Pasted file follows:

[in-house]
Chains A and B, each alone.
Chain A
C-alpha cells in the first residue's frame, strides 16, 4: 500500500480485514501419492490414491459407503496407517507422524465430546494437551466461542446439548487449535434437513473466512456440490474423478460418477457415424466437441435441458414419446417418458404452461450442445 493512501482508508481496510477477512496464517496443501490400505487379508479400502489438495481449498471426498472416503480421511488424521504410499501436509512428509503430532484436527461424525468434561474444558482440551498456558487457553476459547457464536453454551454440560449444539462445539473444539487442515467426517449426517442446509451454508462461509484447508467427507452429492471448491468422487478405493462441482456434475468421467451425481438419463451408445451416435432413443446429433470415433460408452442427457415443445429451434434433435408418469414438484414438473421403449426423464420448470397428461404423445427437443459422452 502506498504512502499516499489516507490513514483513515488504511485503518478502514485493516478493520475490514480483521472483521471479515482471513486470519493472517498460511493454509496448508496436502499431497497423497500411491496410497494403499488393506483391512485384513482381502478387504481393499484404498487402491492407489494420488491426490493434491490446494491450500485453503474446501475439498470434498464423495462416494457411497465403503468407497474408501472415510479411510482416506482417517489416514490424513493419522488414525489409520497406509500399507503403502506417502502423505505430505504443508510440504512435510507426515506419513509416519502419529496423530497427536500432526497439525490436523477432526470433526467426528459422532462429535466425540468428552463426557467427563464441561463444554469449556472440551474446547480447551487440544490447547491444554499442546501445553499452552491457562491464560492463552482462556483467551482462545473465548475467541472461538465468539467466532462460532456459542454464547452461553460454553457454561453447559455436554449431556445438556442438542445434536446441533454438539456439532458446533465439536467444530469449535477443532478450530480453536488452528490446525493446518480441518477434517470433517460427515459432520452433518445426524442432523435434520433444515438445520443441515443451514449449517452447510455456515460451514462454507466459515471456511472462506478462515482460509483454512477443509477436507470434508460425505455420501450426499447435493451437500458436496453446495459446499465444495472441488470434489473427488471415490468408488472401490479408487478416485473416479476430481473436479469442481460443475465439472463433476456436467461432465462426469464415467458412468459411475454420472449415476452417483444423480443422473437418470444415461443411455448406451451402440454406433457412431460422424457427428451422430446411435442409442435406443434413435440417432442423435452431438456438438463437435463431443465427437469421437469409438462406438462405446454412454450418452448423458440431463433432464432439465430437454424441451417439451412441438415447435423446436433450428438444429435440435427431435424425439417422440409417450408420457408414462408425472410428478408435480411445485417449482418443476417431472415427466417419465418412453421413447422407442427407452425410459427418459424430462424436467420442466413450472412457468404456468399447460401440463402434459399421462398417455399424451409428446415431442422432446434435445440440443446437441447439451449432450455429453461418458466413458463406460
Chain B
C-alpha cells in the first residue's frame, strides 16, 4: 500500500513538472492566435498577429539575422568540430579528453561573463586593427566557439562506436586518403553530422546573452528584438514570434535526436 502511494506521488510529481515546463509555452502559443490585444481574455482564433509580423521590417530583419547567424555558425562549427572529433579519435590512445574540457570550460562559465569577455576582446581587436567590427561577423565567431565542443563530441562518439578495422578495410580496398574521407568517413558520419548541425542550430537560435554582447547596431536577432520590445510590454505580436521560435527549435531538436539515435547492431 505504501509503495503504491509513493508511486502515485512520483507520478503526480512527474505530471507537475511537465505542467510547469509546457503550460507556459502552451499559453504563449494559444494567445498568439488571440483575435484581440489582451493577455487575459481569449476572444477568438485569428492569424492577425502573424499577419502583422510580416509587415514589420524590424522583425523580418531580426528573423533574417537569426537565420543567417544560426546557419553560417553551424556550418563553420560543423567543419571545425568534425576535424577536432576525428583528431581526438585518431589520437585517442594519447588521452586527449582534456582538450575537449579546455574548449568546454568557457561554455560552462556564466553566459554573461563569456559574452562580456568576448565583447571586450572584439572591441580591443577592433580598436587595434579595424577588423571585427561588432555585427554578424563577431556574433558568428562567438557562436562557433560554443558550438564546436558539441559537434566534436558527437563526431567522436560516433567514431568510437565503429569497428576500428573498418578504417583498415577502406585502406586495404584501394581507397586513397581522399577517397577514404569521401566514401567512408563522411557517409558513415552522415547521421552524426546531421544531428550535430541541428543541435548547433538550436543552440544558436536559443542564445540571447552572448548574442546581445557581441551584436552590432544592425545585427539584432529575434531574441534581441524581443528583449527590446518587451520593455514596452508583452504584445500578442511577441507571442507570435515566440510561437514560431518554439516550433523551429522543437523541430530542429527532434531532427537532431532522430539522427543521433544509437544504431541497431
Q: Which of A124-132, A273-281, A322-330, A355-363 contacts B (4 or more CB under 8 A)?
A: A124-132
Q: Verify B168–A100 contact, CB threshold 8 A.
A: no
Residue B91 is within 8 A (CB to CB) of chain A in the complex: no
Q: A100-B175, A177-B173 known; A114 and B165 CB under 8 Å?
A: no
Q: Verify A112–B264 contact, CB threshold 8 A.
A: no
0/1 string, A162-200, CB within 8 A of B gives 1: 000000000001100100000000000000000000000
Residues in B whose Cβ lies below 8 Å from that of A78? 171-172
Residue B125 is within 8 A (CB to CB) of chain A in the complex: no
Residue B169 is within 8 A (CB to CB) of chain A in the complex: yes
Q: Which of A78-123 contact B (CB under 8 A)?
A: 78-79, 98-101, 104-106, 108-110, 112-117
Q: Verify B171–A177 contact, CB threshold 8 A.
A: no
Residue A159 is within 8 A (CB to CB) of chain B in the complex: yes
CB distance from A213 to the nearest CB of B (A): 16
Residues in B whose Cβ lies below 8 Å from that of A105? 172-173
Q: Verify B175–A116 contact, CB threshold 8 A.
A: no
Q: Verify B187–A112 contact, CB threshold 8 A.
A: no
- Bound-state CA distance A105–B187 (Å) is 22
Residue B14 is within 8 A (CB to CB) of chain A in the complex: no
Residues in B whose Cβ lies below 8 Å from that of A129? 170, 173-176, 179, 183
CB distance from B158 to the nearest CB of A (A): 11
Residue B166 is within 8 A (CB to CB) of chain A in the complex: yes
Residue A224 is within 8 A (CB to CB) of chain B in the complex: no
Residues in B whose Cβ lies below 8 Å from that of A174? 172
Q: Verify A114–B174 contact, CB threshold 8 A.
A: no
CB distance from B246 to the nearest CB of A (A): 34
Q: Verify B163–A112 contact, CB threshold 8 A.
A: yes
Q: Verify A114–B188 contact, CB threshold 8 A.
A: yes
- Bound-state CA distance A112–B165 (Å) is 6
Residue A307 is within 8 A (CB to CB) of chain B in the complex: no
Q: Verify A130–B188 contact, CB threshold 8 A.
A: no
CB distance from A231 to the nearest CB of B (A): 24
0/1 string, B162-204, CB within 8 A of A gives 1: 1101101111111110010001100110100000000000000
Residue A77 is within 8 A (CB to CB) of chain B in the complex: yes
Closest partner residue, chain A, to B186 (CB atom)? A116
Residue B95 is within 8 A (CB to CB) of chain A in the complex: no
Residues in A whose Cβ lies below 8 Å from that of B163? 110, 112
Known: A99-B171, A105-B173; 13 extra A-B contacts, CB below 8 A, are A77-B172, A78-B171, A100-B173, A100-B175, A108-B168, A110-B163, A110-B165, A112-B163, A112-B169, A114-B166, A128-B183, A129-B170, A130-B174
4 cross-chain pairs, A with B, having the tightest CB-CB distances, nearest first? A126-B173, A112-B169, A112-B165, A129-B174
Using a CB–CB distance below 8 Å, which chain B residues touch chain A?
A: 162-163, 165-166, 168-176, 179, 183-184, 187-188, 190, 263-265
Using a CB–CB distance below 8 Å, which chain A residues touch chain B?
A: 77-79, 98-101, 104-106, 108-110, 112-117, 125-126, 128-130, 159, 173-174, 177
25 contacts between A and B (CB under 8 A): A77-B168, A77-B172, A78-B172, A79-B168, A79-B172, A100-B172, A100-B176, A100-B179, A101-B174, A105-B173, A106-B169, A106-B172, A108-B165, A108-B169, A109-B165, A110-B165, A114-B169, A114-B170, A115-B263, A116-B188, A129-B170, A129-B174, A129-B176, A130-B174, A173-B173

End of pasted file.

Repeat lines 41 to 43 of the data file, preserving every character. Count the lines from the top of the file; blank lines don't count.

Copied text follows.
Q: Verify B163–A112 contact, CB threshold 8 A.
A: yes
Q: Verify A114–B188 contact, CB threshold 8 A.